Monthly Archives: March 2016

JGJ & Little Rockers Bring Family Music Fun to The Stone Pony

Jason from the Jungle Gym Jam with the Little Rockers BandASBURY PARK-The Jungle Gym Jam brings its love of the Jersey Shore to…the Jersey Shore’s most legendary music venue, the one where Bruce Springsteen and Bon Jovi often show up to jam with their friends, where Southside Johnny and the Asbury Jukes were once the house band! Speaking of friends, Jason’s friends Chris and Jessie, the Little Rockers Band (pictured right, with Jason) will also perform a set of cool music for kids and their grown-ups!

It’s a Sunday Showcase concert  on April 17, open to all ages! After the Little Rockers and Jungle Gym Jam each do our thing, your kids can dance to the Earth Monkeys, Running Dog Band, Radio Active and Rocket Science. Teach your kids about New Jersey’s proud history (and future) of rock-n-roll! Doors open at 2PM.

Tickets are $10 in advance (plus fee) and $12 at the door. Order below.

NOTE: Pre-orders are highly recommended; they help the venue plan appropriate use of the space and availability of offerings from the kitchen. Get your tickets now!

The Stone Pony is at 913 Ocean Avenue, Asbury Park, NJ 07712.

Thank you!


Jason Didner and the Jungle Gym Jam perform My Superpower at Concert for Mr. Lou at Stone Pony 10/25/15

Photo by Anne Geyer

It started with a question from a Canadian children’s musician…

First Roots Children's Music Festival 2016 Flyer…and it became the First Roots Children’s Music Festival!

So i got a Facebook message from a fellow children’s musician asking if I can book her to any venues in New Jersey the day after the big children’s music conference known as KindieComm that takes place in Philadelphia the first weekend of April. She had remembered that last year I ran a 15-concert series for kids in Hoboken. That musician is Lisa from Sonshine & Broccoli, who will be making the annual trip from Ontario to Philly.

Feeling that I not only wanted to help out a friendly colleague but nurture a family music scene in my home state, I thought about places that would enthusiastically host a kids’ show for an out-of-town performer on a Monday afternoon (the day after the conference concludes). After mulling and investigating a few options, one jumped out at me: First Roots Music Studio in Manville, NJ – right in the center of the state, halfway between Philadelphia and New York City. Its owner Jenni Esposito has been a big believer in my music and that of my buddies Baze and His Silly Friends; she’s hired us give guest concerts in her early childhood music classroom space and she’s featured our albums as the themes of entire class semesters.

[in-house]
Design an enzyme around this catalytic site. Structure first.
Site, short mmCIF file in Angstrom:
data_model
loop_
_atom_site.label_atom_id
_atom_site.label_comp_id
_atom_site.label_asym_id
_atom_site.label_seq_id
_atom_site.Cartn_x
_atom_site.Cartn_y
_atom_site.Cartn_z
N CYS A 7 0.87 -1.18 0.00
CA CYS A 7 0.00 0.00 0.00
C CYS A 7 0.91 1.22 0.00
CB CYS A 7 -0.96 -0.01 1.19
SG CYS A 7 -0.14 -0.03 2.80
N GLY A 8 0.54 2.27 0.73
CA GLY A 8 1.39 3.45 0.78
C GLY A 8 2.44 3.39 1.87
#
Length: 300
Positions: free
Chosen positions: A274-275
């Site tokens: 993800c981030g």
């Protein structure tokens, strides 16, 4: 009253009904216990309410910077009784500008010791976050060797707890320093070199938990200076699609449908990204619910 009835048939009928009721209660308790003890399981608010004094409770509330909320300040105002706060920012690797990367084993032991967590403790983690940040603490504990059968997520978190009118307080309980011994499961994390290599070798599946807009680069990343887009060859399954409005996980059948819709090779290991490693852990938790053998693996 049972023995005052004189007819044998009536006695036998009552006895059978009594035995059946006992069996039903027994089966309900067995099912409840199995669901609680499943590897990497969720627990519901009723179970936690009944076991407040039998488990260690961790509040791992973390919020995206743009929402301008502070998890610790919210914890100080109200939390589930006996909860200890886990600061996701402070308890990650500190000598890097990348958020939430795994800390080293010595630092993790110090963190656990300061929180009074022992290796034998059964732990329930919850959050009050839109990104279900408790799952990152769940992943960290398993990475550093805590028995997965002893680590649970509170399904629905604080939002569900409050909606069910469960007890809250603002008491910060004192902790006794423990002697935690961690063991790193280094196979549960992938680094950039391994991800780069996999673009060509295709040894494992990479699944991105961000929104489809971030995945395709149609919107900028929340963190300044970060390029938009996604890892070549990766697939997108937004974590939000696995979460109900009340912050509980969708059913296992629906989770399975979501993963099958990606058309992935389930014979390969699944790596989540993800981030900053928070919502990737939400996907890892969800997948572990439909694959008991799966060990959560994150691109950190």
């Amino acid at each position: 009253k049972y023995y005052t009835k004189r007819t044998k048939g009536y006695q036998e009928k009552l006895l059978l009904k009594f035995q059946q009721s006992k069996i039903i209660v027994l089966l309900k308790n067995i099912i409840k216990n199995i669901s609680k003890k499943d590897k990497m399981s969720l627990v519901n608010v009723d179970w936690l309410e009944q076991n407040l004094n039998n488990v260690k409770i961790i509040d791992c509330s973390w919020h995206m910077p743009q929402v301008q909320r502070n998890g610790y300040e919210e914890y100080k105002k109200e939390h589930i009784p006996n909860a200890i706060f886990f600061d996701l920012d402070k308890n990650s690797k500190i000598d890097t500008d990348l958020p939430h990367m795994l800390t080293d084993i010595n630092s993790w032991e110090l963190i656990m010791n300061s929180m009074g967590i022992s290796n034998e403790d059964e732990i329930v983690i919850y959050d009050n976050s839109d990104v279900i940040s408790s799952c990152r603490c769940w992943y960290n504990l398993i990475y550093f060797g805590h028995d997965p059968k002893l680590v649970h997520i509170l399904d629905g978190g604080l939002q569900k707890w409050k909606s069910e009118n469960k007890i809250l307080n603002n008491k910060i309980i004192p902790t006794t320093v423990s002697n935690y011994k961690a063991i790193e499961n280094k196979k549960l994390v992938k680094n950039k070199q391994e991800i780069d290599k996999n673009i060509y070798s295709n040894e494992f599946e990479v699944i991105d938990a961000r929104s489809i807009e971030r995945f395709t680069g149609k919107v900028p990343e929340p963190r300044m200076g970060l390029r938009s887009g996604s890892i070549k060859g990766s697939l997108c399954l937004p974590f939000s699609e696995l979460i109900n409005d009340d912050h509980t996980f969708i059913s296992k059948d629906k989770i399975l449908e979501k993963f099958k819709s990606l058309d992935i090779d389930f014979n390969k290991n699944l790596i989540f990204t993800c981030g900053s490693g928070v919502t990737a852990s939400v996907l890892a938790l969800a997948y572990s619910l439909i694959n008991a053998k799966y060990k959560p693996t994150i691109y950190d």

Get your tickets to the First Roots Children’s Music Festval on April 4 in Manville, NJ here.

Jungle Gym Jam takes a bow at the end of a performance at First Roots Studio in Manville, NJWhen I shared the idea with Jenni, she was quite excited and eager to get involved. With her go-ahead, I posted a call for performers in the KindieComm group on Facebook and ended up with a great lineup that I’m very excited to share with somerset County’s young music fans:

Get your tickets to the First Roots Children’s Music Festval on April 4 in Manville, NJ here.

While We Were Performing at the Purim Carnival…

1625575_10153605607768042_1060745465918304437_n…Holly took her first steps in caring for a living creature.

When I woke up Sunday morning I knew very little about goldfish and their care except for a distant memory of winning a goldfish at a carnival as a kid and that fish lasting not more than a day in my fishbowl. So when our synagogue, Congregation Shomrei Emunah, added a win-a-live-goldfish game and Holly played it with Grandma and Grandpa standing by during our performance, I was very surprised to see her walking toward the stage area with a plastic bag in her hand and a little being swimming inside of it.